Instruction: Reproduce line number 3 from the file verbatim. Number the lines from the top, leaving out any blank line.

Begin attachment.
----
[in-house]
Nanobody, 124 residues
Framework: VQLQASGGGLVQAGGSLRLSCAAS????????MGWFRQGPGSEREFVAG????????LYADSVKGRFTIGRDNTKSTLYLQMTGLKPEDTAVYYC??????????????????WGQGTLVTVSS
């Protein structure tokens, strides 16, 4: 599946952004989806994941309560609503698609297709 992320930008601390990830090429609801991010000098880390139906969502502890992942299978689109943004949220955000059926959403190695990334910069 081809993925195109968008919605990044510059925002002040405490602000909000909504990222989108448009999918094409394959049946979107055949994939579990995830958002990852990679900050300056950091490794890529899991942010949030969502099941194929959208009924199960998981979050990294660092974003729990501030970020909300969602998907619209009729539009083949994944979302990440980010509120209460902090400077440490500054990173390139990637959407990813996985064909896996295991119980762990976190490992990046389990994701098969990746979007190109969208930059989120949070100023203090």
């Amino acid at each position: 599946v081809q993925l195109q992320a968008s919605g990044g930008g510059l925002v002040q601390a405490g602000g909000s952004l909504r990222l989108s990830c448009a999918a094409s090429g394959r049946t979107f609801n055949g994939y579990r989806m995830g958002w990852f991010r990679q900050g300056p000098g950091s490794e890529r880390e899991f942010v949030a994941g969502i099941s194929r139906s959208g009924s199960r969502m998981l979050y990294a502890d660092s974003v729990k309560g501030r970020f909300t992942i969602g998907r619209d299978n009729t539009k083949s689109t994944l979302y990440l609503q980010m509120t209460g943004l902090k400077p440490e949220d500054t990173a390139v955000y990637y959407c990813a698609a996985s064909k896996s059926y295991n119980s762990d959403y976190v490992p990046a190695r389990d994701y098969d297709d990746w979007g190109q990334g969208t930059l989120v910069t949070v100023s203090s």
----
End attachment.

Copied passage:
Framework: VQLQASGGGLVQAGGSLRLSCAAS????????MGWFRQGPGSEREFVAG????????LYADSVKGRFTIGRDNTKSTLYLQMTGLKPEDTAVYYC??????????????????WGQGTLVTVSS